Ribby - Short for anything knitted in a ribbed pattern

which leads to the Ribby Cardi

LYS = Local Yarn Store

SEX = Stash Enhancement Xpedition

On that same note: Stash - yarn owned. May or may not be used at some future date. Size of stash has absolutely no relationship to whether or not yarn will be bought on a trip to your LYS for SEX…

I’ve seen “tink” used as a term for when you’re un-knitting. If you knew you’d made a mistake only a short way back, it would be wasteful to frog the item, but you could un-knit (knitting backwards to carefully unravel the work) to the mistake, correct it, then carry on. I don’t see this very frequently though.

Also just remembered WIP: work in progress. I see it used differently from UFO, since there’s the expectation that a WIP will become either a UFO or a FO.

Another one:

lifeline - a thread passed through a row of stitches to hold them in place. Used a lot in lace knitting, as miscounting and errors happen constantly when you’re doing intricate patterns. If you find you’re five stitches short at the end of a pattern repeat, you can just frog back to the lifeline (which will keep the unraveling from going farther) and start from the marked row in the pattern again.

I’ve tinked when I’ve messed up one or two rows, and then I’ve had to frog when I screwed up several rows back. grumble grumble grumble

I’ve also seen de-Stashing, where you get rid of your unwanted yarn, either by offering it up to someone or donating it, usually to a school or YMCA, for their craft projects.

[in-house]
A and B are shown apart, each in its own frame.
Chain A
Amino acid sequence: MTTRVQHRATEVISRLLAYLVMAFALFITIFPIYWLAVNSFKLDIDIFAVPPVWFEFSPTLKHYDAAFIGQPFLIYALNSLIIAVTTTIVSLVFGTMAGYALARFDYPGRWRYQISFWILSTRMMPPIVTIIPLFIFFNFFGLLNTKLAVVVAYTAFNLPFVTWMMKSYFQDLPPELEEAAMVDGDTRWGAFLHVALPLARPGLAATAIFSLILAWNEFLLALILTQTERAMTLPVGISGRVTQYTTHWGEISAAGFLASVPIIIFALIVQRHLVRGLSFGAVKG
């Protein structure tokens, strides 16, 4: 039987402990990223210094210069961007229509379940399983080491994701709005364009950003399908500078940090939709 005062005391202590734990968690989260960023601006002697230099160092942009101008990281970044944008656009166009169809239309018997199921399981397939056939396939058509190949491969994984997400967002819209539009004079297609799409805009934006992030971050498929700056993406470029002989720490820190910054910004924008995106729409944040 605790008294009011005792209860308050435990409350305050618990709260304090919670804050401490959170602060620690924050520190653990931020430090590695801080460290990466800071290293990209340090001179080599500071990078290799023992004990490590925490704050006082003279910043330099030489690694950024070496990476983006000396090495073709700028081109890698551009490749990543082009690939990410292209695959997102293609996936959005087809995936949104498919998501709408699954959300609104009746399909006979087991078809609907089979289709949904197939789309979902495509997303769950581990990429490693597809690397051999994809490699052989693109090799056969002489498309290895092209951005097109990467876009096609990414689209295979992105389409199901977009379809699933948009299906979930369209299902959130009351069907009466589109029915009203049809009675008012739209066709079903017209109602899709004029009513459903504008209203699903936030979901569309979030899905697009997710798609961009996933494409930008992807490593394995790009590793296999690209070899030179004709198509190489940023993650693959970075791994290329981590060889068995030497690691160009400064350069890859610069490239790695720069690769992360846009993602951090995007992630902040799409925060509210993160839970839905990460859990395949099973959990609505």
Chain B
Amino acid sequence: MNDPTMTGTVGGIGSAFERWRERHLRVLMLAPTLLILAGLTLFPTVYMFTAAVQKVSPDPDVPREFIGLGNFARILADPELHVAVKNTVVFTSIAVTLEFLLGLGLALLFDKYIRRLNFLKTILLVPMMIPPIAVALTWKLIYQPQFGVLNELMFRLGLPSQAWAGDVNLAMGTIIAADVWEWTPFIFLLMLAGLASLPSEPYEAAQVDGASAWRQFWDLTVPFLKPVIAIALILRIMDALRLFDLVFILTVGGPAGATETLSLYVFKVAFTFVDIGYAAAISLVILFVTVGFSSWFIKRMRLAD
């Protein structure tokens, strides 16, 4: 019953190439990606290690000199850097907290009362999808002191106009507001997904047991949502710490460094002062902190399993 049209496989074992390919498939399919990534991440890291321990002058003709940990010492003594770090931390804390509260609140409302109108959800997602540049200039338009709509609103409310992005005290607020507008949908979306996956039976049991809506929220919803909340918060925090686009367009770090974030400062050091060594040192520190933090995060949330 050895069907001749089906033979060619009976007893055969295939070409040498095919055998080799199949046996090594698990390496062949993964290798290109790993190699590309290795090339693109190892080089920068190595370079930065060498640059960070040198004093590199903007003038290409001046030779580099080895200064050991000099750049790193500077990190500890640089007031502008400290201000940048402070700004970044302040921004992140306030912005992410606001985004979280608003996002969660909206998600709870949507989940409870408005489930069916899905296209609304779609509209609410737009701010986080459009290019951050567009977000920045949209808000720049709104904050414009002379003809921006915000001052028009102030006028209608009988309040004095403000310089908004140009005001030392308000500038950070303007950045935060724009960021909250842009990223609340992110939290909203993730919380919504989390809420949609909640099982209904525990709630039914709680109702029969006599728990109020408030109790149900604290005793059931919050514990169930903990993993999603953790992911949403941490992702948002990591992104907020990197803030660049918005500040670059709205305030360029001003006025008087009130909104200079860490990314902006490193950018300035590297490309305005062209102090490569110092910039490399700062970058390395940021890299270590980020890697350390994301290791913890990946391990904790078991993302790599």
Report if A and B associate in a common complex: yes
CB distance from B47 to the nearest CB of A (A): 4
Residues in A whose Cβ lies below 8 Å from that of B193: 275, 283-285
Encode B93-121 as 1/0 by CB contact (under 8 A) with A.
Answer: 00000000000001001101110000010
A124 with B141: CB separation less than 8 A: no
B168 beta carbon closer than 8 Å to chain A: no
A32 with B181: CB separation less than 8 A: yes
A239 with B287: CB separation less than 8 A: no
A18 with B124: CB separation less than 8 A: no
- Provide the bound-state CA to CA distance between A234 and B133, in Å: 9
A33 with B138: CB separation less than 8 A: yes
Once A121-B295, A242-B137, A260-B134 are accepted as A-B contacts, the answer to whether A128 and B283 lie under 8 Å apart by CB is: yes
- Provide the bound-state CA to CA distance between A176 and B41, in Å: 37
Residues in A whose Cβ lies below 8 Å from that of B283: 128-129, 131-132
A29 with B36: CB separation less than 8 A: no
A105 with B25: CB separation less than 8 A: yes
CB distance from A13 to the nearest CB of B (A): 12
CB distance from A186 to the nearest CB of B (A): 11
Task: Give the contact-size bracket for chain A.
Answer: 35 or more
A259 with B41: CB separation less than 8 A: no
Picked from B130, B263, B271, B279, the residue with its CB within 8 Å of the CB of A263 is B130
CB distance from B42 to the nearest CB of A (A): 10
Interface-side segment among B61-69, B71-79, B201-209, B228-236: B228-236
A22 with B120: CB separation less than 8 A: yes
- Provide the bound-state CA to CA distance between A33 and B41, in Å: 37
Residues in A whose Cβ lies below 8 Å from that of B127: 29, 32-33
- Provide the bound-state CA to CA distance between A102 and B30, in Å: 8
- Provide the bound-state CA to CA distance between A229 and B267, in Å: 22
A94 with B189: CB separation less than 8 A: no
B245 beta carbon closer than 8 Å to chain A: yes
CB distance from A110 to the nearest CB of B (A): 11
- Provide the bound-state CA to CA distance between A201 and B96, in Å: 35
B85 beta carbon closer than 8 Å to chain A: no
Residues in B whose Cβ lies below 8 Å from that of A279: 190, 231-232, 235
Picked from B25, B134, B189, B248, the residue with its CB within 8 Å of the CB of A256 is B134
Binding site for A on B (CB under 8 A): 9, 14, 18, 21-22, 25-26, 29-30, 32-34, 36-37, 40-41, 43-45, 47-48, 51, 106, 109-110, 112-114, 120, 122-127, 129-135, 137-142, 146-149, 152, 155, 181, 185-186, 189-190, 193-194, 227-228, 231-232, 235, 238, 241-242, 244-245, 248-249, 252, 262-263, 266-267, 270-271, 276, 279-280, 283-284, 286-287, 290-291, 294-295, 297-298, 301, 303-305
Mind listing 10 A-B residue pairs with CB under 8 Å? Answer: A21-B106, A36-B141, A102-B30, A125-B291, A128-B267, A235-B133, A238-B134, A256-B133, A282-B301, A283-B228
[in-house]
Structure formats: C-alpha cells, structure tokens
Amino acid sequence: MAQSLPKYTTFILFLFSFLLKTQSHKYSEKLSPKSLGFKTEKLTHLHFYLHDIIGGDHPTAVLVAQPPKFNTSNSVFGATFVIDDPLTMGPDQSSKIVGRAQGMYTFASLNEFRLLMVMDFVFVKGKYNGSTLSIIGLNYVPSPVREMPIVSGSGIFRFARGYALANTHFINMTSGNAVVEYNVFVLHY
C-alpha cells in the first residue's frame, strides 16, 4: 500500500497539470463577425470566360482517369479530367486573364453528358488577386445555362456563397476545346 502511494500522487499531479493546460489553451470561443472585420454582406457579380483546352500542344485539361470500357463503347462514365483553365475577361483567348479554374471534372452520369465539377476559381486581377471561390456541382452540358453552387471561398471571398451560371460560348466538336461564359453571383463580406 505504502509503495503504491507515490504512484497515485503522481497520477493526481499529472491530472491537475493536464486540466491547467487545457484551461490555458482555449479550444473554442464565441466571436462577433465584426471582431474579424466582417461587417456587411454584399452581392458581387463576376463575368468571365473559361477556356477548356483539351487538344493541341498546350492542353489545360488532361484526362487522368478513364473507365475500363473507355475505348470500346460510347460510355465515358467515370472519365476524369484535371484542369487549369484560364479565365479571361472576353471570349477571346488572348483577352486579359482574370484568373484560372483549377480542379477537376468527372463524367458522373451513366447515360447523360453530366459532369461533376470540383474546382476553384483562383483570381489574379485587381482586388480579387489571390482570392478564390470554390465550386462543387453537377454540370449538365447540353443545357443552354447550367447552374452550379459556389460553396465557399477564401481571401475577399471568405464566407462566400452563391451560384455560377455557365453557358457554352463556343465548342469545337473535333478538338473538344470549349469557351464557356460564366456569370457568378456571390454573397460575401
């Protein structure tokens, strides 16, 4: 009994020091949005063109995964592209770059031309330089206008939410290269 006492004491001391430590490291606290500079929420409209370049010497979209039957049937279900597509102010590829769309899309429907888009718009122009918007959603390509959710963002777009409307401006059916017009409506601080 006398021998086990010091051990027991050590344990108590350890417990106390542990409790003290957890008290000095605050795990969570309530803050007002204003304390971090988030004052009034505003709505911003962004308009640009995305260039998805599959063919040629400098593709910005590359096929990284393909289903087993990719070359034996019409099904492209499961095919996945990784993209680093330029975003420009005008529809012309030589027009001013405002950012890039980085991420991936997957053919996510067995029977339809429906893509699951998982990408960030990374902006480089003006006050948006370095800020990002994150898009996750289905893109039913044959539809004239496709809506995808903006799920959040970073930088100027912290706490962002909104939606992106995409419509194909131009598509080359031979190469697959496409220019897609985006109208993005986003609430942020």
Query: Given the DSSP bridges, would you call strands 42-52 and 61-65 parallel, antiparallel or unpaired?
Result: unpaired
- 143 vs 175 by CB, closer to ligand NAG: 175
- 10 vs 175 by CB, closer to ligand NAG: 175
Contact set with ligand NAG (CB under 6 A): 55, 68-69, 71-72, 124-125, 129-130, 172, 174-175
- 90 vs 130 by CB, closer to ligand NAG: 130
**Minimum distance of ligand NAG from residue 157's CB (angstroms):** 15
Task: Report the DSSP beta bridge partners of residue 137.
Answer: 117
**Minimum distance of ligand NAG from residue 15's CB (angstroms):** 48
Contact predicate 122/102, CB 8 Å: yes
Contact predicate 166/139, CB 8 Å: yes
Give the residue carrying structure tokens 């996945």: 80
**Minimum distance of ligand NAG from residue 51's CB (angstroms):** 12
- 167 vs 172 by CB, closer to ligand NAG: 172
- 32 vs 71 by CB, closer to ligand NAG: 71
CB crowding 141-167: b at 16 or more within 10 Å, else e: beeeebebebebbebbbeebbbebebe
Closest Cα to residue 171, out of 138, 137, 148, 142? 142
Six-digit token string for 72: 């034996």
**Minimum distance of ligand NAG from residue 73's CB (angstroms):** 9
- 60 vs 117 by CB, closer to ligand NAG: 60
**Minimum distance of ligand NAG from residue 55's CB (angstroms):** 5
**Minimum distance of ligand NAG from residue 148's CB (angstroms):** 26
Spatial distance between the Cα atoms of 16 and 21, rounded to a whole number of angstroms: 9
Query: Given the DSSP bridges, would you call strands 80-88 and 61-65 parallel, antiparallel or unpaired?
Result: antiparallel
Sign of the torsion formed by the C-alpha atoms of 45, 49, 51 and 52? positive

You have no idea how much you’re helping me out. I’m kind of a solitary knitter, so I don’t know a lot of the fun jargon that gets passed around, except for what I read in books.

I’ll definitely check out the cites y’all mentioned. Oh, and all y’all will be cited and everything, all on the up and up. :wink:

jayjay … don’t worry about defining the technical stuff; it helps to see how others would define stuff, and I learned a thing or two besides.

amarinth … I’m mostly looking for the “slangy” (for lack of a better word) terms that knitters use that have little or no real technical basis. Dunno if that explains anything any better.

Thanks again!

I use the term “rip” instead of “frogging” because it sounds more violent. It’s more satisfying for me, because I’m usually pretty grumbly when I have to rip something out.

Stitch’n’Bitch books are commonly abbreviated as S’n’B (Stitch’n’Bitch) and S’n’B:N (Stitch’n’Bitch Nation).

A yarn whore is someone who is easily lured by the siren call of yarn. I am a yarn whore, especially if it’s shiny ore sooooft. Everyone is at heart.

A yarn-snob is someone who refuses to work with acrylic yarns, preferring to work with natural fibers: wool, silk, linen, cotton, etc. Extreme yarn-snobs might look down on someone who uses acrylic yarns at all.

The only other thing I can think of are “clocks,” which are decorative stitch patterns over the outside ankle portion of handknit socks and stockings. Some patterns do call for clocks on both sides. Some might involve colorwork or might have been embroidered on after the fact.

I suggest you check out the knitting community on LiveJournal. A couple hours there should give you plenty of stuff to work with.

Cultural stuff? Well, it may not help you with vocubulary, but it will show you the Knitter’s attitude. Here’s the seedy underbelly of knitting. Only the strong survive.

“Sleeve Island”: the seemingly interminable stage of a sweater when one is trying to get the two sleeves knitted.